In case of sites like Facebook, which serve as giant Ibiza-style meeting places, using user’s personal information to earn ad money is like giving boot to Users’ Trust.
Matt Haughey, who founded Metafilter, suggests doing away with ads for regular users.
I wonder if Social Networking sites will be generous enough – there are huge server bills to pay and it doesn’t help that to view any data, you have to become a member of the walled garden.
5. User information and lock in
Joshua Schachter famously said that a user must be able to delete/remove his/her content from a web 2.0 site at all times.
That is not the case with any social networking site and Facebook is sadly no exception.
Every item you post, every personal item you share, gets locked into that Bastille of Information and you can do nothing about it.
If Facebook were an open source platform, you could pull your content out and use it elsewhere.
At least, that was one of the promises of the web 2.0, wasn’t it?
That is one reason why Dave Winer supports Widgets.
Recently Start Page site Netvibes introduced the Facebook widget which uses can use to display their latest Facebook data on their Netvibes Start Page.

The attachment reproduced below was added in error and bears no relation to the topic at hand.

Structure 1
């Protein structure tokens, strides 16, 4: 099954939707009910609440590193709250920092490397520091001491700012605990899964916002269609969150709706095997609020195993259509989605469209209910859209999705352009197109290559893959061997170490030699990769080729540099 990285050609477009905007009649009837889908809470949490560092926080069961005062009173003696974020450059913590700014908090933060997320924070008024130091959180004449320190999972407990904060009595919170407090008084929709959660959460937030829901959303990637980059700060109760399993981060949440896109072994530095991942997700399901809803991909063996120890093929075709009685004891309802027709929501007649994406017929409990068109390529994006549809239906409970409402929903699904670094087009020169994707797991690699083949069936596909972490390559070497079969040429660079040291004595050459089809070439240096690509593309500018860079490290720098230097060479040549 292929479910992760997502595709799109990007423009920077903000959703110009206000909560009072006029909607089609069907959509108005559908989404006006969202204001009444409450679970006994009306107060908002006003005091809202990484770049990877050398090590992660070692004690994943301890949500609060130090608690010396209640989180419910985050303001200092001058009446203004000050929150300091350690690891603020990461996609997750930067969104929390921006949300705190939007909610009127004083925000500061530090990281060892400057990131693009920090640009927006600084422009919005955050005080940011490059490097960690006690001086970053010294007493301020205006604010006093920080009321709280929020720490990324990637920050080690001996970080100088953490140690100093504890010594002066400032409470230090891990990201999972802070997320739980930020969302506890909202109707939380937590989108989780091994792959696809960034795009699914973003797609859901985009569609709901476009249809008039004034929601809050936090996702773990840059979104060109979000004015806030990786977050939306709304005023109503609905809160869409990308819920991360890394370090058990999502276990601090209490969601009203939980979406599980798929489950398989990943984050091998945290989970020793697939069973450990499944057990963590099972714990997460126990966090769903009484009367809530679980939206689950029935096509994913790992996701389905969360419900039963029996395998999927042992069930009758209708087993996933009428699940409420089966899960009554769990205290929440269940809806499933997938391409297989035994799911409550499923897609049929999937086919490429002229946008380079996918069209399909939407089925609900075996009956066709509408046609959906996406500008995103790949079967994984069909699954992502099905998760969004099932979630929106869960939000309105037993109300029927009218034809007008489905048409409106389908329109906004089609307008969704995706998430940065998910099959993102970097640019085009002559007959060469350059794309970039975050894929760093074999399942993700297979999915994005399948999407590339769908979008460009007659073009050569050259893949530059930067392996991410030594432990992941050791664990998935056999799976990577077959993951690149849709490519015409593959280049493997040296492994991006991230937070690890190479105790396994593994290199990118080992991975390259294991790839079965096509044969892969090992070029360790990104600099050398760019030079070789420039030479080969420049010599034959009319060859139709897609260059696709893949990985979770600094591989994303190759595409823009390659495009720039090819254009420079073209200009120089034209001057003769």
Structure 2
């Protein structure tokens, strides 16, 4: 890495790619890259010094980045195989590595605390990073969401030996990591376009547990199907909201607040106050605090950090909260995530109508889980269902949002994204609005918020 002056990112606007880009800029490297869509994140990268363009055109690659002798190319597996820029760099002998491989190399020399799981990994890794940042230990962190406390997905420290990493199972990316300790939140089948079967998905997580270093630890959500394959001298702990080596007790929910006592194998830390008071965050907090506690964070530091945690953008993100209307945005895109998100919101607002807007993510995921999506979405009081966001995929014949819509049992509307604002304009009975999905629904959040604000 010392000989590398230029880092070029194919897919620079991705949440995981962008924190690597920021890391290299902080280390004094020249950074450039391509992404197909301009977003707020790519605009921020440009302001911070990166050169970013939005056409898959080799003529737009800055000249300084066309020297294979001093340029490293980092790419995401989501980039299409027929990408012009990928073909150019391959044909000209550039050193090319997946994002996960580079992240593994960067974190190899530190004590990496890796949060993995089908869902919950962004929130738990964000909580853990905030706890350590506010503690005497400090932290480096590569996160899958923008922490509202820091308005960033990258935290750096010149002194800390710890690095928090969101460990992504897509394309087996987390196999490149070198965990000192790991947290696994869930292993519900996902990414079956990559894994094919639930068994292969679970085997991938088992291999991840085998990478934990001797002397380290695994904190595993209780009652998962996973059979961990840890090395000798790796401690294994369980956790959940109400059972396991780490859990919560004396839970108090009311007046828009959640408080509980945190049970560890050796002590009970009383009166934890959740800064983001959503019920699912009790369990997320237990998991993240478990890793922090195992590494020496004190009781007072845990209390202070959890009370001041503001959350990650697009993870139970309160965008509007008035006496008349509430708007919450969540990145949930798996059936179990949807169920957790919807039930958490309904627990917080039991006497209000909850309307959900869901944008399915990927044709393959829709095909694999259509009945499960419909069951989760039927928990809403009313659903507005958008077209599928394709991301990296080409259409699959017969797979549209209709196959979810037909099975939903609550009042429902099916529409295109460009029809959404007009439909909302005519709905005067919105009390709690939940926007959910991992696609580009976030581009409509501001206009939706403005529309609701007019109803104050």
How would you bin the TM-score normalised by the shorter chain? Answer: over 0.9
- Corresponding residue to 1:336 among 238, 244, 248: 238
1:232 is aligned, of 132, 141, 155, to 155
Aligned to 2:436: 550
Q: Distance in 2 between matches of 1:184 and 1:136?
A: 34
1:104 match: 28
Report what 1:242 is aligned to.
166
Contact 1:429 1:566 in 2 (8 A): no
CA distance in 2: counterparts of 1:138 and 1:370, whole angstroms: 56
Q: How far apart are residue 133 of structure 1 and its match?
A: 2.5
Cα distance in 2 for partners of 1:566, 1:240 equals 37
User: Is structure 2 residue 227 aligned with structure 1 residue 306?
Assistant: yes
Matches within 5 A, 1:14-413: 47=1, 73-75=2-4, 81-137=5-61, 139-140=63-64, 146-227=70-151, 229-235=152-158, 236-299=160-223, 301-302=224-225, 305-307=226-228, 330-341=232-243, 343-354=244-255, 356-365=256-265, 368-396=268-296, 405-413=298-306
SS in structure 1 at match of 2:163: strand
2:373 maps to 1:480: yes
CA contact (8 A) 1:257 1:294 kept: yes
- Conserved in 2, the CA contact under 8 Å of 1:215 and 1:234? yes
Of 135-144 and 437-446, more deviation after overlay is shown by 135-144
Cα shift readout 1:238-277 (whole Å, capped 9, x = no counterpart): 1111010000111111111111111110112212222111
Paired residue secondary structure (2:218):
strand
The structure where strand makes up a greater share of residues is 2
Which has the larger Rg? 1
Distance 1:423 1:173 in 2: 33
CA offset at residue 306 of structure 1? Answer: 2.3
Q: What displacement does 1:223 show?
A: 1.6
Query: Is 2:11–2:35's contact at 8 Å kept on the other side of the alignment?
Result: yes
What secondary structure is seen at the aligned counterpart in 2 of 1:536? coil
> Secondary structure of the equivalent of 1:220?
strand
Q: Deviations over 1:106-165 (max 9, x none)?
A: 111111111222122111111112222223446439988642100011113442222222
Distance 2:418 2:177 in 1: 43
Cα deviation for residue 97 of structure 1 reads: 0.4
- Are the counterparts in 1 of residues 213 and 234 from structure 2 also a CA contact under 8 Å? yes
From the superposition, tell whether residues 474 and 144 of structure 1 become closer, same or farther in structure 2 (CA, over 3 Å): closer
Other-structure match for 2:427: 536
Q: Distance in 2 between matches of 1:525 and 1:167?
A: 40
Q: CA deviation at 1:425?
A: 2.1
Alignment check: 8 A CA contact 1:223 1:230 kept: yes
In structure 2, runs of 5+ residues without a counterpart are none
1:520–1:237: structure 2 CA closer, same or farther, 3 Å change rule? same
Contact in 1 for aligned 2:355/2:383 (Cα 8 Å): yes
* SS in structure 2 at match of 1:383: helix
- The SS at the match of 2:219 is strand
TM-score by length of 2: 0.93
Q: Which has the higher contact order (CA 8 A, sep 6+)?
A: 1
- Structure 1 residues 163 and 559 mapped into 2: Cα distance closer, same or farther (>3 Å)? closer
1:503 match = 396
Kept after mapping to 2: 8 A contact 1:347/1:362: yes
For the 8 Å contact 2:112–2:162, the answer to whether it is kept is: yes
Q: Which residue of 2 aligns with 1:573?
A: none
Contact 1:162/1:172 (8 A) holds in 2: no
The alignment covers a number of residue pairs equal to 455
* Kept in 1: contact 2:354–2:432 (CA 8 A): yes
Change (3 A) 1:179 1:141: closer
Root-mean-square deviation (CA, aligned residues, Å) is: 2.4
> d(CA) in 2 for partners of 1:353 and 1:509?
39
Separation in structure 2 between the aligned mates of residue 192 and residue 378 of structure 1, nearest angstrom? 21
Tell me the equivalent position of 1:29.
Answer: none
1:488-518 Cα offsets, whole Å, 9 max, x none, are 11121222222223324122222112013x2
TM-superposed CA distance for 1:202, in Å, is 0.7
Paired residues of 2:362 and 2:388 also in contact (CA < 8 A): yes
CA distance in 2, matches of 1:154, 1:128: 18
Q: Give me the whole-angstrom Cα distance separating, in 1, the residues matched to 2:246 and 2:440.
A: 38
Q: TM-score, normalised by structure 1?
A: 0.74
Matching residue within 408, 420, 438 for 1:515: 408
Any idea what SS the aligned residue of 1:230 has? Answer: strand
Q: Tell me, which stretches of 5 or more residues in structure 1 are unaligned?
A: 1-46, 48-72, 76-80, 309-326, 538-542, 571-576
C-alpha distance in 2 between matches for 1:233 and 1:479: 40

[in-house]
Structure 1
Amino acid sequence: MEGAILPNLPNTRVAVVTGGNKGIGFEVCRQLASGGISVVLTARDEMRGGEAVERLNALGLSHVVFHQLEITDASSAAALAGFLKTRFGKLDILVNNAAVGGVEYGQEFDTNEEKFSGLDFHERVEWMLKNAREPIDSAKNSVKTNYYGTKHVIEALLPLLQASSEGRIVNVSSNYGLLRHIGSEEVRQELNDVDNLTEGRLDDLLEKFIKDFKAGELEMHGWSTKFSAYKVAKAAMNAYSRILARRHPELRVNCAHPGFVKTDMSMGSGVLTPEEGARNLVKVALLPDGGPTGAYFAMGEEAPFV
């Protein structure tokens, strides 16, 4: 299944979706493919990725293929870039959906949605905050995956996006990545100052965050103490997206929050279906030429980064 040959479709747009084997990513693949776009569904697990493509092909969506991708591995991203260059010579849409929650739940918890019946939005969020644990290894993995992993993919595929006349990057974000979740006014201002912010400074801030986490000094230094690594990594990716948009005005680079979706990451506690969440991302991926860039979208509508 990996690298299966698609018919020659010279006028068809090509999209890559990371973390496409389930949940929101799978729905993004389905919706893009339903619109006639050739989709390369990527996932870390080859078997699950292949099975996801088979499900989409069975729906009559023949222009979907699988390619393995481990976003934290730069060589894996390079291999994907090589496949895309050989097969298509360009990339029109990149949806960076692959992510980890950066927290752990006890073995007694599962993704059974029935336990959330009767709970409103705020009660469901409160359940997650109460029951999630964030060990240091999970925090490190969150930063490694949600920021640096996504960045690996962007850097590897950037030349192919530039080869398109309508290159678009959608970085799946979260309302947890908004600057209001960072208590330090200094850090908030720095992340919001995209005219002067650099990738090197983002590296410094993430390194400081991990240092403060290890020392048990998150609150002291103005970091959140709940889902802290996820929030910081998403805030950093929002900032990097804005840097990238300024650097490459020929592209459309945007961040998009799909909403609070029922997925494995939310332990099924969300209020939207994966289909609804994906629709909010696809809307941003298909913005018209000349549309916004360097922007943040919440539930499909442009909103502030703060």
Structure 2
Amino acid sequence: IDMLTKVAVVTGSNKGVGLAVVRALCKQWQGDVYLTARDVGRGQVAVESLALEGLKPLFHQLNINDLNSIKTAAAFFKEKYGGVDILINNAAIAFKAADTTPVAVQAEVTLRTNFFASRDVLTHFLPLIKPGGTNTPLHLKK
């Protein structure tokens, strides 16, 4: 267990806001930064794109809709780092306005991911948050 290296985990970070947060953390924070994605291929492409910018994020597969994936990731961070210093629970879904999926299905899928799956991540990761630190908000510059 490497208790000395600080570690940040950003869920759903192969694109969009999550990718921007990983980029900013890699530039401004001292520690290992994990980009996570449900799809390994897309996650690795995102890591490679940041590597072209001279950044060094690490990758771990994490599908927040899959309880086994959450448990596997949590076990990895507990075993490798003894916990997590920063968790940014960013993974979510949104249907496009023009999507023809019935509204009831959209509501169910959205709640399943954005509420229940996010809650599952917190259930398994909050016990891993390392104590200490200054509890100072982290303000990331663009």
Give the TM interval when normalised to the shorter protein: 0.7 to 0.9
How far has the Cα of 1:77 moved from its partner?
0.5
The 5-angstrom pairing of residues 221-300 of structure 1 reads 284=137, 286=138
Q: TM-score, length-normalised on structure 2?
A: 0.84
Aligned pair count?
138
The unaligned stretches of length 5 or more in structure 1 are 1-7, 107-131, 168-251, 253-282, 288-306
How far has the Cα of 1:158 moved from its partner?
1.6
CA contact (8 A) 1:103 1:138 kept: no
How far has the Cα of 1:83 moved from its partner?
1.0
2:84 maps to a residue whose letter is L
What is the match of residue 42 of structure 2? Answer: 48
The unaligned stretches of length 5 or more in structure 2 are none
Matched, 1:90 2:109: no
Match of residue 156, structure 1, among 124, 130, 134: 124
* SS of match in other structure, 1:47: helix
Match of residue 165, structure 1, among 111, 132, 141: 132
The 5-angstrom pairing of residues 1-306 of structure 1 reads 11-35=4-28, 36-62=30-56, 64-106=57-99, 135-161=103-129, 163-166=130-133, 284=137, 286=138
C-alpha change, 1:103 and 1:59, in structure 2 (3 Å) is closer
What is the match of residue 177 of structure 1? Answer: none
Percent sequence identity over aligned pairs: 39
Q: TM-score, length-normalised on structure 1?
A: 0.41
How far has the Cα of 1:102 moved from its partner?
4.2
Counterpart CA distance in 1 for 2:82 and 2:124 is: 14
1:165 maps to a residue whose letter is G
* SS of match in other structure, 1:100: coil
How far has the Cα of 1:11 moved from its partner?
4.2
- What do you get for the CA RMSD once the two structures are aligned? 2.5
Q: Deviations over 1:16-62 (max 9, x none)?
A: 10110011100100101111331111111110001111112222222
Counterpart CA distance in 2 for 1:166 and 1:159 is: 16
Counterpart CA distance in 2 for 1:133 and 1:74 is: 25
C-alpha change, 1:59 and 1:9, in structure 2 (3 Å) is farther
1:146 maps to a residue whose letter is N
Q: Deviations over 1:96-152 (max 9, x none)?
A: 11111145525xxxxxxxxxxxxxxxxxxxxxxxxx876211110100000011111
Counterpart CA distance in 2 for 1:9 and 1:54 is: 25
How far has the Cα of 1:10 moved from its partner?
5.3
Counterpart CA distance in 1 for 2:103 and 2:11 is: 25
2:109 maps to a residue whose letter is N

Facebook could easily be the place where the dam breaks. It's attracting so many users, who may at some point realize that they want control of the data that's locked up inside Facebook. Then vendors who have been on the right side of this issue will be the heroes.
Hopefully, Web 3.0 will herald a truly open Social Web Platfrom where Your Platform is just a widget on mine
6. Facebook is not for business
I have been writing about Facecbook for some time now but think you would rather take the word of A-lister Scott Carp who writes that Facebook is not for business.
…business and professional needs are NOT the same as personal needs. I have no need to “poke” my professional colleagues or specify that our working relationship began when we “hooked up.” I don’t need to know about my professional colleagues what gender they are interested in mating with, or what they are looking for in a relationship, or what their favorite TV shows are...
When you post a message on a Facebook wall, it often becomes a public thing.